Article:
I have draped Daisy in the cut pieces of the 1980s Schrader dress and the new grey fabric to get an idea of what I have and what I want to do. The whole dress will be lined in the grey cotton. (I have yet to cut those pieces.)
Do I want to add the grey stripe down the center of the skirt?
How do I want the neckline to work?
Can I pull this off?
I ran my fifth marathon on Sunday, the Philly marathon. This was the first marathon for which I wore the purple tutu, and it kept me lighthearted as my brain became foggy and my legs stiffened up when I hit the wall at mile 22. I finished, thrilled with my 21st-century PR (that’s “personal record”) of 3:54:06. (I did run the NYC marathon faster in 1999, but that was last century and doesn’t count anymore, right?)
The photo may be blurry, but it is the only one I have and nicely captures the movement of the tutu. I also appreciate the pink and yellow hues of the runner behind my right shoulder.
And because I ran a marathon, I get to buy these boots:
They are not Frye, but they are so like the then-used, now-vintage Frye boots that I bought in 1986 from a street vendor who set up her wares on a sheet on the sidewalk near the Astor Place Cube in New York City.
Since those boots became unwearable, I kept them in mind when I was wandering thrift stores, but have had no luck. I searched on etsy and eBay. I refused to pay upwards of $200 for a pair of boots that would probably let the rain in, no matter how awesome they were. (You could say, “Don’t wear them in the rain,” and I would probably listen, but as a 15-year-old, I did not.)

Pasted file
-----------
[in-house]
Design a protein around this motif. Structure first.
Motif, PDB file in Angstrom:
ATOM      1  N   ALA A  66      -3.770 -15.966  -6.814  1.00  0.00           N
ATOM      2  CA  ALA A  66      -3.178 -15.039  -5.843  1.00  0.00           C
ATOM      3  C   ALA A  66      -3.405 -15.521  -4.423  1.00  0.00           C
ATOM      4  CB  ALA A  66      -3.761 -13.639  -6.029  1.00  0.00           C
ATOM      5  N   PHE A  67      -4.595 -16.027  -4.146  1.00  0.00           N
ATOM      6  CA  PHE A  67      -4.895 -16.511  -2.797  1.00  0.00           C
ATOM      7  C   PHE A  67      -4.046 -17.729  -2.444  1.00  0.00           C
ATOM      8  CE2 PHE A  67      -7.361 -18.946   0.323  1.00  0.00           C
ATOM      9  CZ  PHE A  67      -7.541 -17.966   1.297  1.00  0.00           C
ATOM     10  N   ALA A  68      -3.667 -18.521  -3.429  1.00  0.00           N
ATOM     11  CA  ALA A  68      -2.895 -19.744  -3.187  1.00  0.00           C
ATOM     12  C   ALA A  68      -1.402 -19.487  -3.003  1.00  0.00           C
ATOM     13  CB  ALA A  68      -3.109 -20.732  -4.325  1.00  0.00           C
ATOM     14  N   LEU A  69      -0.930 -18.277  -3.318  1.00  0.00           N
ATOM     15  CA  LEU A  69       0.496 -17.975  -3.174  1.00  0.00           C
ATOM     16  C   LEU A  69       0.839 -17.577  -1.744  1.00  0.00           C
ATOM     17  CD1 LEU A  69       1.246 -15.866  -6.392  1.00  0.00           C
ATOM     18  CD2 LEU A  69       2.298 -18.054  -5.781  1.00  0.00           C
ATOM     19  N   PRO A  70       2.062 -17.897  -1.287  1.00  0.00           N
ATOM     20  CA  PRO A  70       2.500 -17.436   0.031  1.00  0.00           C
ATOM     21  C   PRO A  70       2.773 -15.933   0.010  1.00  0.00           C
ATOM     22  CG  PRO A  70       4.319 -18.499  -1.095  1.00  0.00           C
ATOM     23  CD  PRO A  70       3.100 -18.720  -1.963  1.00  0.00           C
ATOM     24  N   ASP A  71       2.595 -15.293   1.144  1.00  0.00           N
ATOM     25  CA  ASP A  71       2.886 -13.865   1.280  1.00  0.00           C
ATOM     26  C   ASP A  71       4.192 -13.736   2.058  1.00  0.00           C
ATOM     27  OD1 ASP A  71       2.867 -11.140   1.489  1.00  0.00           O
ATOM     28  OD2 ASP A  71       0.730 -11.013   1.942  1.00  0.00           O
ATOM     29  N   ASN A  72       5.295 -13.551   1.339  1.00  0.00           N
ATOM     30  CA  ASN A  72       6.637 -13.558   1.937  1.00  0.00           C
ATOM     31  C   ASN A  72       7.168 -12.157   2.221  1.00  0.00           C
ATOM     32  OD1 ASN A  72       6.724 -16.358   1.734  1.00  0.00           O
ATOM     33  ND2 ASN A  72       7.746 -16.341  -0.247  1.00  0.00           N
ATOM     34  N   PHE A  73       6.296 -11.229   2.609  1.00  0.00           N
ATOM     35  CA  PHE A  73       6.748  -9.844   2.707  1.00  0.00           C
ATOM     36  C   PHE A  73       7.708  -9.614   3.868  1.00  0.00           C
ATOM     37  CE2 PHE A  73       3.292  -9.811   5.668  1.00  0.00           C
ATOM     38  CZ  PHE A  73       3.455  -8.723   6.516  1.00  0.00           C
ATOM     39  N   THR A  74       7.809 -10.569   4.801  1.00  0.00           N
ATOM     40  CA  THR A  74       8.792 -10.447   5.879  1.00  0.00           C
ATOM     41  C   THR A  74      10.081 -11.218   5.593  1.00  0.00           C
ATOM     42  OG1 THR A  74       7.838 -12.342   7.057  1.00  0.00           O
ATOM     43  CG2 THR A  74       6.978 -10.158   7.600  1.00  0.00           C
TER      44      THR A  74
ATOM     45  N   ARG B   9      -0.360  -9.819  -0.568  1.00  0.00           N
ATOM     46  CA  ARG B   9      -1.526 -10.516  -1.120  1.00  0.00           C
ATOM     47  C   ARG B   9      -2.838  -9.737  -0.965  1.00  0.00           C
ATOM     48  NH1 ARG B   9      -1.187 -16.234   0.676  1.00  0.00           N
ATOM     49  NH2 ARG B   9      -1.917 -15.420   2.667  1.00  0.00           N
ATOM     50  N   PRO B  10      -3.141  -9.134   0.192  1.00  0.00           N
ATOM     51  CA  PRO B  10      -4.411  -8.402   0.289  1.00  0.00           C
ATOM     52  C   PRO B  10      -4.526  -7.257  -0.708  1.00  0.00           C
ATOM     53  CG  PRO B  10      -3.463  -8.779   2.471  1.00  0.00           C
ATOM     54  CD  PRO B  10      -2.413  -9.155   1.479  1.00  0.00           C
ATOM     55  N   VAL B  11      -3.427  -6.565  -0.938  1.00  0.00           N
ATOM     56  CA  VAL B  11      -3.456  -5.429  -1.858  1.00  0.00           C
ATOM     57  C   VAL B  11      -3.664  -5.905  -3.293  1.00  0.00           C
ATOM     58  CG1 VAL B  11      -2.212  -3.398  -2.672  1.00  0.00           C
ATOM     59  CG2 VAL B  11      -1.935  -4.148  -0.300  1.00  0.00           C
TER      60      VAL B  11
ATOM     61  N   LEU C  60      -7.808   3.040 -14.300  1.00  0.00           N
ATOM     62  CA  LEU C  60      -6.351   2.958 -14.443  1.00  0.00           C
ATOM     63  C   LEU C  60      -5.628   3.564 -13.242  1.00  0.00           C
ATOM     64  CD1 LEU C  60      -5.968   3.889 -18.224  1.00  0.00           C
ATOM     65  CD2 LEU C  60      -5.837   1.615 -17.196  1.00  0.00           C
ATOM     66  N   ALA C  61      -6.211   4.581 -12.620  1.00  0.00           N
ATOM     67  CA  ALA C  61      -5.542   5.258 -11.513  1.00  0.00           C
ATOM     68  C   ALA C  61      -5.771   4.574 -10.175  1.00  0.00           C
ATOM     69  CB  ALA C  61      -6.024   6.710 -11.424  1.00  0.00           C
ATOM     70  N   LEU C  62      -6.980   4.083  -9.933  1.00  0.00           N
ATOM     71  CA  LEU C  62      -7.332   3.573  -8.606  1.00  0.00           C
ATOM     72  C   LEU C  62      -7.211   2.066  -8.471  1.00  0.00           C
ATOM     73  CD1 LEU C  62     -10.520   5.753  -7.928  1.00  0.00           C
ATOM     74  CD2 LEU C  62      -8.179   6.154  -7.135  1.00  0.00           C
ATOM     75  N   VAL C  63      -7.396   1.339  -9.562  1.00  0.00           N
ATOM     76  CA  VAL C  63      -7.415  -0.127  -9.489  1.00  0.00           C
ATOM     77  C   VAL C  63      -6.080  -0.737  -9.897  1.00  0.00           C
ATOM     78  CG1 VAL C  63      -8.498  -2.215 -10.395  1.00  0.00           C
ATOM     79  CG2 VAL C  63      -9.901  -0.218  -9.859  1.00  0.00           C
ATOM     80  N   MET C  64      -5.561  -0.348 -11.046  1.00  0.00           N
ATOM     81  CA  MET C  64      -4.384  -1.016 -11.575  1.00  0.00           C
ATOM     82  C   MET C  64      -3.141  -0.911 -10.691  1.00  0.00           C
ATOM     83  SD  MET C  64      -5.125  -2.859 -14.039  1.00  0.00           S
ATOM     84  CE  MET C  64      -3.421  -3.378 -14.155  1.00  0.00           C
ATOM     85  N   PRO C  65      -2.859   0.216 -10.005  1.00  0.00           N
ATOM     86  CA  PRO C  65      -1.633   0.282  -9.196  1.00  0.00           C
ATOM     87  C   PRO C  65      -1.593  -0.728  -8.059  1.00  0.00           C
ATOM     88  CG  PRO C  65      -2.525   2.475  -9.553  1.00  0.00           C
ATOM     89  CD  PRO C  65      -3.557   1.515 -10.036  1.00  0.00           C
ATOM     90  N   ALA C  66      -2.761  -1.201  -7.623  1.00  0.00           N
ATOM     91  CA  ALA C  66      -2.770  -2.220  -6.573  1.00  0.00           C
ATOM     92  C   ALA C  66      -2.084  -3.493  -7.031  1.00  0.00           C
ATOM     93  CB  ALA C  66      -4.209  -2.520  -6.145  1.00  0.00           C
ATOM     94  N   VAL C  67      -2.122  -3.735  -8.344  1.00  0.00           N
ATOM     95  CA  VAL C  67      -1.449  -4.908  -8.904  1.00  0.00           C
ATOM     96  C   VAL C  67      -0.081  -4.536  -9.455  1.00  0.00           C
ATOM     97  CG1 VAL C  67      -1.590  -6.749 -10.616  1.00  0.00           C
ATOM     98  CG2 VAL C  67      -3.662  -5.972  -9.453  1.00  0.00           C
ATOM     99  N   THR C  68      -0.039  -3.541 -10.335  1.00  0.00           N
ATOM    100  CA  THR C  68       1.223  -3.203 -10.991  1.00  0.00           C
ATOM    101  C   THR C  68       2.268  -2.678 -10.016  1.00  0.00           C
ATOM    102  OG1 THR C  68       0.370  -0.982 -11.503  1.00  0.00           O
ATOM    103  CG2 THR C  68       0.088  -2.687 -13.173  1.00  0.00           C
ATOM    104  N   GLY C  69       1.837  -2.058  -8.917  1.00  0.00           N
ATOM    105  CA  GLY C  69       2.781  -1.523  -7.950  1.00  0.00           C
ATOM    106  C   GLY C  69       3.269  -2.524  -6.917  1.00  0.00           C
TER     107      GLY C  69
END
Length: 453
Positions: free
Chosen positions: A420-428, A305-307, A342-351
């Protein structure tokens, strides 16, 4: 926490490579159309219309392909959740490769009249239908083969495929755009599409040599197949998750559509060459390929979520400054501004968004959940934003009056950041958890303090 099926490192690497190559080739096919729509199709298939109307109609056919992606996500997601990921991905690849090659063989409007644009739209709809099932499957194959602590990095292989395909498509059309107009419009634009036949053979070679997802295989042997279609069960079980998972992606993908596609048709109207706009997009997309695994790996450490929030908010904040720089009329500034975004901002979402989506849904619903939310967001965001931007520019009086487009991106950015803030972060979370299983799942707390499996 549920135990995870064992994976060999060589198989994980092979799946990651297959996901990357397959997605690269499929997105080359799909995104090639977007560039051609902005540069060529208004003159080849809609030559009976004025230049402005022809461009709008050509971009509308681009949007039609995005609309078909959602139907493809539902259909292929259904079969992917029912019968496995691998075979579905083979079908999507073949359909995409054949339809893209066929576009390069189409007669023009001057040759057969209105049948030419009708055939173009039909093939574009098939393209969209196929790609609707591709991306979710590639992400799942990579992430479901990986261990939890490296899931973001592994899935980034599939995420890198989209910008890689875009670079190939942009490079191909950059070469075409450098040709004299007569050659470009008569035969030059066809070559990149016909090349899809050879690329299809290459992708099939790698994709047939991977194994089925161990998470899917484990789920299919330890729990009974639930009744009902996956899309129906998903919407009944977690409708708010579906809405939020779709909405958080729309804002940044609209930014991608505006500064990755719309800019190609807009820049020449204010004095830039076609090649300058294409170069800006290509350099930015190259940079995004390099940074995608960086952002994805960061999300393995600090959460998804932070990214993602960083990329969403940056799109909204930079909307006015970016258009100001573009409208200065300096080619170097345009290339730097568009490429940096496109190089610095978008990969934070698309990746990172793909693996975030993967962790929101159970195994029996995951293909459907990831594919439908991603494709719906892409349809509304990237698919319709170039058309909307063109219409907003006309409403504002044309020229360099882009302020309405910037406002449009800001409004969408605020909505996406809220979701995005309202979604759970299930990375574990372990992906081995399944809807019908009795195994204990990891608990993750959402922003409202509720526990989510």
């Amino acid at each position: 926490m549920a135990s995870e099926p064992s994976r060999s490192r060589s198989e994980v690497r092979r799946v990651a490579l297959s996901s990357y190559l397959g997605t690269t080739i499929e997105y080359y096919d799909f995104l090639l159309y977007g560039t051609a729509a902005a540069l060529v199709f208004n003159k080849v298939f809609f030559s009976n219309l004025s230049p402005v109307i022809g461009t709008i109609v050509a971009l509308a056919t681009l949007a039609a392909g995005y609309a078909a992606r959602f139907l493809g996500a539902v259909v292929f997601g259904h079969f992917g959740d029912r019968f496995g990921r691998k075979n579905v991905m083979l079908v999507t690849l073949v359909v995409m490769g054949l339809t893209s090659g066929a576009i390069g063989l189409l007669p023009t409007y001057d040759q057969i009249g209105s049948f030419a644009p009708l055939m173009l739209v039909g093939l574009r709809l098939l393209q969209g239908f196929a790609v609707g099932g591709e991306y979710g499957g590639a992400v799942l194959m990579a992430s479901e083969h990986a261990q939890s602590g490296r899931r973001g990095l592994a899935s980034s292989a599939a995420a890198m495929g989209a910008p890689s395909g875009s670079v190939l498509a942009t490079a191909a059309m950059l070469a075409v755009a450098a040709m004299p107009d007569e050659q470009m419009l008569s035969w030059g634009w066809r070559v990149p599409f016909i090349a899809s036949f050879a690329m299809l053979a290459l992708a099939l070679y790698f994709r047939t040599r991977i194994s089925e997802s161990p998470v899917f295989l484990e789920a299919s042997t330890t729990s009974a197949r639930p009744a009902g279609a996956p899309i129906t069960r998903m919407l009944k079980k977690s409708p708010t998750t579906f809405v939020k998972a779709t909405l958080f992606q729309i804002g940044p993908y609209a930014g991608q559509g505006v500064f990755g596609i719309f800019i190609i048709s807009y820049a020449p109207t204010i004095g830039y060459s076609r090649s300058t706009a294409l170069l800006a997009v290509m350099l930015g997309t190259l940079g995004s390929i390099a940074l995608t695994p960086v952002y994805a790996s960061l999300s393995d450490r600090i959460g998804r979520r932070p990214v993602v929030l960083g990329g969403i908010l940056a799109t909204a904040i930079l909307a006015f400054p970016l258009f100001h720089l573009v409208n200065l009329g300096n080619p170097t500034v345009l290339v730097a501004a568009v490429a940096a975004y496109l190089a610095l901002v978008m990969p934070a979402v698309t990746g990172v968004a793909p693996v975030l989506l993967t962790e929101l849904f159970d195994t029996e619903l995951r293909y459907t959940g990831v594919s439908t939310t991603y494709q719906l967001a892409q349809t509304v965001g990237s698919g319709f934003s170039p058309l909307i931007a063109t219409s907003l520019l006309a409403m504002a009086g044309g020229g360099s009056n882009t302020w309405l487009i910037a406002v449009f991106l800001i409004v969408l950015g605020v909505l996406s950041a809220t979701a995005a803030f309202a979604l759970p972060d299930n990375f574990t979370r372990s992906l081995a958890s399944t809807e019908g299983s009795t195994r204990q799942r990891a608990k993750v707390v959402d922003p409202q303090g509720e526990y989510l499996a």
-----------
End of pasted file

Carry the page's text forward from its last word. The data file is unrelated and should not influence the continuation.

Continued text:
The day after the marathon, I looked on Etsy again. And I saw the ones above, sold by cherublover, ], and they were on sale for a mere $80 (which is still more than I should be spending on anything, if I were to be honest). I actually like them more than the similar Frye ones below, sold by Stellah’s Groove, because the shape of the toe box is chunkier, which I appreciate, on the non-Frye ones.
Another thing I like about both pairs? They don’t have a zipper, which conflicts with the aesthetic and the purpose of the laces. I believe one should have to do the lacing up, not just work around them with a zipper as most modern knee-high lace-ups do.
So they are my marathon present. (This is not to be confused with a push present.)
This tweed coat is not vintage. The brand is O'Neill, and it was probably bought at a local department store (Macy's perhaps?). I found it at the local thrift store. I liked the idea: tweed with a swing shape. But the length and proportion were awkward, and the buttons were cheap.
I replaced the buttons, added a skirt using a grey and citron cotton weave with a bird print to exaggerate the swing and lengthen the jacket. The jacket now looks more interesting and retro.
This is the actual dress, maybe from the early 1980s, on Daisy. I am considering using the front pleats in the bodice of my design below. I love the sheer pink fabric with the white floral pattern outlined in black. It does, however, require a grey lining to tone it down.
The current form, the matronly dress complete with original shoulder pads, will be dismantled and recycled.
I found a Schrader dress, size 18, at my local thrift store. The sheer fabric is pink with white flowers outlined in black. I am a size 4 or 6 and the actual dress form is very dated--not retro. So I am going to use the fabric to make a flowing mini-dress, lined and bordered with grey cotton lawn fabric, and an asymmetrical hem.
As I waited for my son to be done with a school-related appointment, I sketched an idea. I will add photos of the current dress once I am back in my "studio."